When I was in the eighth grade, my Dad packed us up and we moved from our safe little home in the sticks of northeastern Montana to the far end of nowhere Alaska. Bethel, Alaska, located approximately 400 miles due east of Anchorage, Alaska, lies atop the frozen tundra dotted with above-ground sewage lines.
In that isolated village, I had my first experience with being a very unpopular minority. My locker was broken into every day, my homework ripped up, and constant threats of fights were left on little notes inside my books, among other things.
My siblings and I cried ourselves to sleep every night. It was there, in that little town in the middle of nowhere, that I vowed to myself I would never take part in making another person feel less than about themselves if only because of the color of their skin or because they were from “the wrong side of the tracks” or from the wrong side of the border. I came away from that experience a stronger person, knowing that I would fight for the equality of all beings for the rest of my life in whatever shape, way or form it took.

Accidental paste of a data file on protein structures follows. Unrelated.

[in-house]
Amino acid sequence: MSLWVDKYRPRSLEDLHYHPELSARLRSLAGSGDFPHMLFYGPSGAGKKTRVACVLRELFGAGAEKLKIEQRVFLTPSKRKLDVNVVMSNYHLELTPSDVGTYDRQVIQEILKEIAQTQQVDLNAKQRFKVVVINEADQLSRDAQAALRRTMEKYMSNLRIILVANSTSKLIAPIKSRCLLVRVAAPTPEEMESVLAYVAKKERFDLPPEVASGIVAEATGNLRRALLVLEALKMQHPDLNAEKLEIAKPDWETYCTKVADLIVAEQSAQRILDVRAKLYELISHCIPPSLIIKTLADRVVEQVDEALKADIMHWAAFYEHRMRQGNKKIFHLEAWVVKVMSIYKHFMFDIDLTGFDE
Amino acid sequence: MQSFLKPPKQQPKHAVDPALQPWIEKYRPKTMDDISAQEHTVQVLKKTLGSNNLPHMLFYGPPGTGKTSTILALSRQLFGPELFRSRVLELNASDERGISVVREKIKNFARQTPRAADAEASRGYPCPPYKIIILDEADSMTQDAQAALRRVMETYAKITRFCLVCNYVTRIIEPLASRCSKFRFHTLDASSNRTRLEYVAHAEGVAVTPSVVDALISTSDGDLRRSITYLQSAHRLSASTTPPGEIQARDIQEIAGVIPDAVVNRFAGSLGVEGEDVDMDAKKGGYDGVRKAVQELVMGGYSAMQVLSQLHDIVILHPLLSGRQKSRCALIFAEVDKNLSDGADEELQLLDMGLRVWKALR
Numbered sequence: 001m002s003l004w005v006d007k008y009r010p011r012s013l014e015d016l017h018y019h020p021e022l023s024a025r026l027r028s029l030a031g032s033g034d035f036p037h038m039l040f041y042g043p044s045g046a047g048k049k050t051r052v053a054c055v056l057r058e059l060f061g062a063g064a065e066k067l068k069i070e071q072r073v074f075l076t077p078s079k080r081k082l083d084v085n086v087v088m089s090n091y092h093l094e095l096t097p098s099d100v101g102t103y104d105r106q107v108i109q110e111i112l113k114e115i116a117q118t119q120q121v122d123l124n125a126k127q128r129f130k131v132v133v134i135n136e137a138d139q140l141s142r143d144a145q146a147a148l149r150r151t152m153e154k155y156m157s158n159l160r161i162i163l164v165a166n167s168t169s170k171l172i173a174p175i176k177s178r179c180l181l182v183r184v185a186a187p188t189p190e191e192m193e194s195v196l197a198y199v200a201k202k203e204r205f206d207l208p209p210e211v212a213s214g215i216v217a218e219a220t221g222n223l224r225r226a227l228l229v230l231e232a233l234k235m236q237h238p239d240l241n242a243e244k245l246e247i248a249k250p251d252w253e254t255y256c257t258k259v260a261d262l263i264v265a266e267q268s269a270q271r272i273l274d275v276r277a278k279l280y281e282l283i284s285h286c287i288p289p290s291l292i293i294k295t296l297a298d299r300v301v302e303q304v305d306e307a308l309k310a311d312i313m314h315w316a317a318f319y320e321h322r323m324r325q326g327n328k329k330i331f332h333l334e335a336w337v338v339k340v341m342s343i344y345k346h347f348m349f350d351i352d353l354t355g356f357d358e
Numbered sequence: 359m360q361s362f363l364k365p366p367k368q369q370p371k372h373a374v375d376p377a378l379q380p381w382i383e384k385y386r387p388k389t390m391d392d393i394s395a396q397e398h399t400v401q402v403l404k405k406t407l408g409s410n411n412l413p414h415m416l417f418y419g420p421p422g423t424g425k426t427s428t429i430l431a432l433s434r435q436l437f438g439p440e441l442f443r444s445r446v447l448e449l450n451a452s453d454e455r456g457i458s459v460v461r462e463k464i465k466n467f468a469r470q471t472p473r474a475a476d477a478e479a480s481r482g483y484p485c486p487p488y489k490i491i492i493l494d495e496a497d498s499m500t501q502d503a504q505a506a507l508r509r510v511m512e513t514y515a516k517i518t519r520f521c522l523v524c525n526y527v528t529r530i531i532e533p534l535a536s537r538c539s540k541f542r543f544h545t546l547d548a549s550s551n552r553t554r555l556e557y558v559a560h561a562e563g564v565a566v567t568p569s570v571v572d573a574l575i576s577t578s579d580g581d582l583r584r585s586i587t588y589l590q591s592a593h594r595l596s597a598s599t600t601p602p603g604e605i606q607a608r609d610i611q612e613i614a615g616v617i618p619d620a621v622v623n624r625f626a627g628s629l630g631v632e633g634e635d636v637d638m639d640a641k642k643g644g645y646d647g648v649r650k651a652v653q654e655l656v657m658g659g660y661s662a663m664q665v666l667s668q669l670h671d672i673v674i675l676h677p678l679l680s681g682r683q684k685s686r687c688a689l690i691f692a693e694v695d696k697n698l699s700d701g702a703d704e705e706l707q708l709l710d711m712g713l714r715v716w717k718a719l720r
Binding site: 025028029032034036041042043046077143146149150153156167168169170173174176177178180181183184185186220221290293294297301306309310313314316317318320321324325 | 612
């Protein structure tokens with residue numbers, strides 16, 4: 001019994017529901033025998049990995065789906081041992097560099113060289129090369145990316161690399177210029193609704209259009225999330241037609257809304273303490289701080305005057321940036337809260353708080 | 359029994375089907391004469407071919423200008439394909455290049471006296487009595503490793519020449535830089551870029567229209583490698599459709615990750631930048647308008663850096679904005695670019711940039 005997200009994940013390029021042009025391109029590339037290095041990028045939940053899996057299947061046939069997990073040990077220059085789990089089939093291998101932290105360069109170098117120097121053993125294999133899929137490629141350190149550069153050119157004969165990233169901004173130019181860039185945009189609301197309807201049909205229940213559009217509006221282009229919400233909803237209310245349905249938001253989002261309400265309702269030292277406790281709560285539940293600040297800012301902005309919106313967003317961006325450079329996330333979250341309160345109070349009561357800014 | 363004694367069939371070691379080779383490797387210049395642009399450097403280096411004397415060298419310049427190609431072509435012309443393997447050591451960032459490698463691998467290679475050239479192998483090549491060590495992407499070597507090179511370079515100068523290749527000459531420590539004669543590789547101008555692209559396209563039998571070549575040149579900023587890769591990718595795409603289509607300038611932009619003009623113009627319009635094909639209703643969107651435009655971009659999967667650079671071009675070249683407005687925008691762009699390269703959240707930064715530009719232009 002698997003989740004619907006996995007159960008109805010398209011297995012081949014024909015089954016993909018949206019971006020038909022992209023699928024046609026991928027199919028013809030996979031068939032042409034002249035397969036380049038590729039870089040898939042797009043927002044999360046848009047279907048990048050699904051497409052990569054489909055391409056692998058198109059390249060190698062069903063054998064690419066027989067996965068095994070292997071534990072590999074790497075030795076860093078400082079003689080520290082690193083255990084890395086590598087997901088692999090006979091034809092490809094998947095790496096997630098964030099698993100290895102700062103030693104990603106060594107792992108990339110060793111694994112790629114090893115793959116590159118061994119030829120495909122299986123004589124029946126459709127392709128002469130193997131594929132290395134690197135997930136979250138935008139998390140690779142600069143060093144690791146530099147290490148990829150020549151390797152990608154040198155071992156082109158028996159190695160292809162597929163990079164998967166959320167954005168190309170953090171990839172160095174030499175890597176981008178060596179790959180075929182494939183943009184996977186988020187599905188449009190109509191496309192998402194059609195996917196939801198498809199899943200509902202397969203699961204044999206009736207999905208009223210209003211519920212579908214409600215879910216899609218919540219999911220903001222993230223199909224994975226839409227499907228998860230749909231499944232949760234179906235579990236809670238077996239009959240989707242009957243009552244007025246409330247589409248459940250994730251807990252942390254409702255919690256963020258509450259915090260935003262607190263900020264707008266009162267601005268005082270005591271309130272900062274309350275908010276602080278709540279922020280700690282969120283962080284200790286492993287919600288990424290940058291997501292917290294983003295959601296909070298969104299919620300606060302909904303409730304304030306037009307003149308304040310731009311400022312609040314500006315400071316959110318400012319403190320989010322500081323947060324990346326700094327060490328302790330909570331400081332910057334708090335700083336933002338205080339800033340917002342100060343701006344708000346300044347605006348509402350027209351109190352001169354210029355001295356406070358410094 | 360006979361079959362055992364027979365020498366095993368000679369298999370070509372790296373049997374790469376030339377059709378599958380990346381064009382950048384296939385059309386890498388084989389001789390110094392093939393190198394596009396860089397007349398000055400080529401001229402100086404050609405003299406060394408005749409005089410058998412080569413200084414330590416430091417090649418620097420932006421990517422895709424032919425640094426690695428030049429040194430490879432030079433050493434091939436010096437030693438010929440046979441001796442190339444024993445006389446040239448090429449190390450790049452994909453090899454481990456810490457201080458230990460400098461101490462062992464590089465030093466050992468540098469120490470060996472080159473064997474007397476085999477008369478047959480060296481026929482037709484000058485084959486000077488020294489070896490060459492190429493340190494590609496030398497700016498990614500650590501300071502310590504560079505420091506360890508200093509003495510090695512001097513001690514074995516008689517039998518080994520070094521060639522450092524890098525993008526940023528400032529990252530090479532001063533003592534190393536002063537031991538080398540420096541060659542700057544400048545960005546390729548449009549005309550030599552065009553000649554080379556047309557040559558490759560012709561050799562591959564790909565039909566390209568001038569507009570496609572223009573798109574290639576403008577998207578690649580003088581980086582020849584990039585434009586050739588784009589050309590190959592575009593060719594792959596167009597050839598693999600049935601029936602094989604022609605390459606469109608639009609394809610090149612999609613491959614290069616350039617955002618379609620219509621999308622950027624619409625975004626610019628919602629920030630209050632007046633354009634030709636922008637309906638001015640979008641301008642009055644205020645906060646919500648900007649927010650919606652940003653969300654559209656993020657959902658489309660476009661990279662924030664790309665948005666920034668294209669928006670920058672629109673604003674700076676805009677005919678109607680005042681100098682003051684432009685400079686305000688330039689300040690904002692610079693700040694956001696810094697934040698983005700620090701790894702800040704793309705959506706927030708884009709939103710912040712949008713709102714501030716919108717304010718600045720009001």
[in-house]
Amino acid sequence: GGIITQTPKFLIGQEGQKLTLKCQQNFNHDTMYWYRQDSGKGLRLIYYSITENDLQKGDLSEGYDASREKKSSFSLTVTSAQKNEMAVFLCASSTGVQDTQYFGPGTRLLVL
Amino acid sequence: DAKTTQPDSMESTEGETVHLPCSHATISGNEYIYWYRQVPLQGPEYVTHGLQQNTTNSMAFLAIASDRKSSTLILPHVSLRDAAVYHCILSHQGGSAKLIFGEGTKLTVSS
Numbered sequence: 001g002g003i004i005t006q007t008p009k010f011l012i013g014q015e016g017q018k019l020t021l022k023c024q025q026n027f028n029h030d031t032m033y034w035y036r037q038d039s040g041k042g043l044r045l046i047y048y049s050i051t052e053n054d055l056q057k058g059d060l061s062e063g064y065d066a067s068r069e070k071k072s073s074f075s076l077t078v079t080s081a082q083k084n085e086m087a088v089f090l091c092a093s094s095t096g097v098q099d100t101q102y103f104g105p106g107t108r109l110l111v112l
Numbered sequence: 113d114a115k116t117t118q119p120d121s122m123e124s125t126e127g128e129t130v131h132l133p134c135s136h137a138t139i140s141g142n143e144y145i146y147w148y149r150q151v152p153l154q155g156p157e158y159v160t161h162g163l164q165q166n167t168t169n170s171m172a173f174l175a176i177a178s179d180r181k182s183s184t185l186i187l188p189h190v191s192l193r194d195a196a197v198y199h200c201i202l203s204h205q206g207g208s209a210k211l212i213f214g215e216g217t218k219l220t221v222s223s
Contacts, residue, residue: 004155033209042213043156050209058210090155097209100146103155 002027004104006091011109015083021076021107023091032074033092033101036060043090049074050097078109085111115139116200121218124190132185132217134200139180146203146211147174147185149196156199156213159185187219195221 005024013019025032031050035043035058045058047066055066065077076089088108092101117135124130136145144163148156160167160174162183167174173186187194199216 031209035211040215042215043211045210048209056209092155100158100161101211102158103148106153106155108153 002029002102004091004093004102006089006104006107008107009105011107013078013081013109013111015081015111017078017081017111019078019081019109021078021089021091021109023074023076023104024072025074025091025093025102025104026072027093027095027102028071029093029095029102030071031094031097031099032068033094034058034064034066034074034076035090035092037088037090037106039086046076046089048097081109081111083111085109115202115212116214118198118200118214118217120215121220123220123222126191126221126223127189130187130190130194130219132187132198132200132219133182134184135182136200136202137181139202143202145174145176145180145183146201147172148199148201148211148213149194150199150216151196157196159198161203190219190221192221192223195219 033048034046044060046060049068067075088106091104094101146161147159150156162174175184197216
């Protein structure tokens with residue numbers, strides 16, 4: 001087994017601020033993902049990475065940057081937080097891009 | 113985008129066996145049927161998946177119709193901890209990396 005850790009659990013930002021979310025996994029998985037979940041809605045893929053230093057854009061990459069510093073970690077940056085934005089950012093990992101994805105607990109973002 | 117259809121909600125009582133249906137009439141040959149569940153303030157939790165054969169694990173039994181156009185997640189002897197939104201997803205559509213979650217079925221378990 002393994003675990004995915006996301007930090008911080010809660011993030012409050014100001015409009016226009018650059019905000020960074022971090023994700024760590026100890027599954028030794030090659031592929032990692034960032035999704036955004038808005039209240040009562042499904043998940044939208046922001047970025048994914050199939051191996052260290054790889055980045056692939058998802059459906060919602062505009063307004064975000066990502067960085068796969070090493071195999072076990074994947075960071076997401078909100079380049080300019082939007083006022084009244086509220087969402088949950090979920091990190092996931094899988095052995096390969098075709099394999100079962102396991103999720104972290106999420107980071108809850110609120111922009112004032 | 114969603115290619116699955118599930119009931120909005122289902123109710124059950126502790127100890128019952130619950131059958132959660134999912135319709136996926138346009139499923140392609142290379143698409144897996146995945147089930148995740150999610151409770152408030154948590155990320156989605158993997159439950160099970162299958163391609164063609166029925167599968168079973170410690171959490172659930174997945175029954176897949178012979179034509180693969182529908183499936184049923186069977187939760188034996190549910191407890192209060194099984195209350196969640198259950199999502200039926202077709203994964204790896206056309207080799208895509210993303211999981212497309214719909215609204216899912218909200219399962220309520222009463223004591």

The past several years I have been involved on several projects regarding illegal immigration in the U.S., most specifically related to immigrants from Mexico. I have performed extensive research, interviews and written several papers. A commonality I have seen throughout this time is that people both pro- and anti- immigrant rights have very strong opinions but many operate under false assumptions provided to them by biased media.
My intent with this blog is to serve several purposes: to educate, to illuminate and to inspire. I will educate by posting links to immigration news articles. I will illuminate by bringing to the forefront lesser known facts about immigration through other blogs and news organizations. And, I hope to inspire people to get involved in immigrant rights in order to help enact positive change in their communities.
This first blog is a catch-all of articles and blogs that will provide you with a cross-section of what is happening today with immigration in the United States. Happy reading!
Obama’s Reelection Campaign
In 2008, President Obama enjoyed extensive support from the Latin American community.
This was due in large part to what was seen as a progressive take on immigration solutions. Obama was viewed as someone who was going to enact positive changes in the immigration system and push through the DREAM Act.